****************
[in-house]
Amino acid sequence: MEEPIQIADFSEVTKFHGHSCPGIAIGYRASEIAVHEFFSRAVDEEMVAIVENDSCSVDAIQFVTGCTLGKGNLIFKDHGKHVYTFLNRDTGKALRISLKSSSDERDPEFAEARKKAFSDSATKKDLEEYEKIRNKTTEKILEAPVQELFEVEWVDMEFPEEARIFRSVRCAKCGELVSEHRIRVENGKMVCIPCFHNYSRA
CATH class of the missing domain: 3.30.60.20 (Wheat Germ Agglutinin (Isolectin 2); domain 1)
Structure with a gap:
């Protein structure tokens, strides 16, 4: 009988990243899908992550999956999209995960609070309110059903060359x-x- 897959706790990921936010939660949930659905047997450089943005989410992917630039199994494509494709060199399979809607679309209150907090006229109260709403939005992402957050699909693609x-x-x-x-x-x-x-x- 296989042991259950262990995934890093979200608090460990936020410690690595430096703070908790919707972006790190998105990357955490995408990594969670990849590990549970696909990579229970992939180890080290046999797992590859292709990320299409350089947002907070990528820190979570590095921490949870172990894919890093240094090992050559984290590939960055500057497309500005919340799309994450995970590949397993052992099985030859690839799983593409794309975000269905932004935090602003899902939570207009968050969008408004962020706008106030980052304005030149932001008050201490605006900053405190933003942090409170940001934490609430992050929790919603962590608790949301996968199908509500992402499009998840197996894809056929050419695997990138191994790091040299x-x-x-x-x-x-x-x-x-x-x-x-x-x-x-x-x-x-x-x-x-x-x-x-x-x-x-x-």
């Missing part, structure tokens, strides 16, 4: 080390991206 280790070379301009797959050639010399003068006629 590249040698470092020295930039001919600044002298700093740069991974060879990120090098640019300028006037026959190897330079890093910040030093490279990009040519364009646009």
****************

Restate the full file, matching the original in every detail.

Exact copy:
[in-house]
Amino acid sequence: MEEPIQIADFSEVTKFHGHSCPGIAIGYRASEIAVHEFFSRAVDEEMVAIVENDSCSVDAIQFVTGCTLGKGNLIFKDHGKHVYTFLNRDTGKALRISLKSSSDERDPEFAEARKKAFSDSATKKDLEEYEKIRNKTTEKILEAPVQELFEVEWVDMEFPEEARIFRSVRCAKCGELVSEHRIRVENGKMVCIPCFHNYSRA
CATH class of the missing domain: 3.30.60.20 (Wheat Germ Agglutinin (Isolectin 2); domain 1)
Structure with a gap:
């Protein structure tokens, strides 16, 4: 009988990243899908992550999956999209995960609070309110059903060359x-x- 897959706790990921936010939660949930659905047997450089943005989410992917630039199994494509494709060199399979809607679309209150907090006229109260709403939005992402957050699909693609x-x-x-x-x-x-x-x- 296989042991259950262990995934890093979200608090460990936020410690690595430096703070908790919707972006790190998105990357955490995408990594969670990849590990549970696909990579229970992939180890080290046999797992590859292709990320299409350089947002907070990528820190979570590095921490949870172990894919890093240094090992050559984290590939960055500057497309500005919340799309994450995970590949397993052992099985030859690839799983593409794309975000269905932004935090602003899902939570207009968050969008408004962020706008106030980052304005030149932001008050201490605006900053405190933003942090409170940001934490609430992050929790919603962590608790949301996968199908509500992402499009998840197996894809056929050419695997990138191994790091040299x-x-x-x-x-x-x-x-x-x-x-x-x-x-x-x-x-x-x-x-x-x-x-x-x-x-x-x-």
């Missing part, structure tokens, strides 16, 4: 080390991206 280790070379301009797959050639010399003068006629 590249040698470092020295930039001919600044002298700093740069991974060879990120090098640019300028006037026959190897330079890093910040030093490279990009040519364009646009």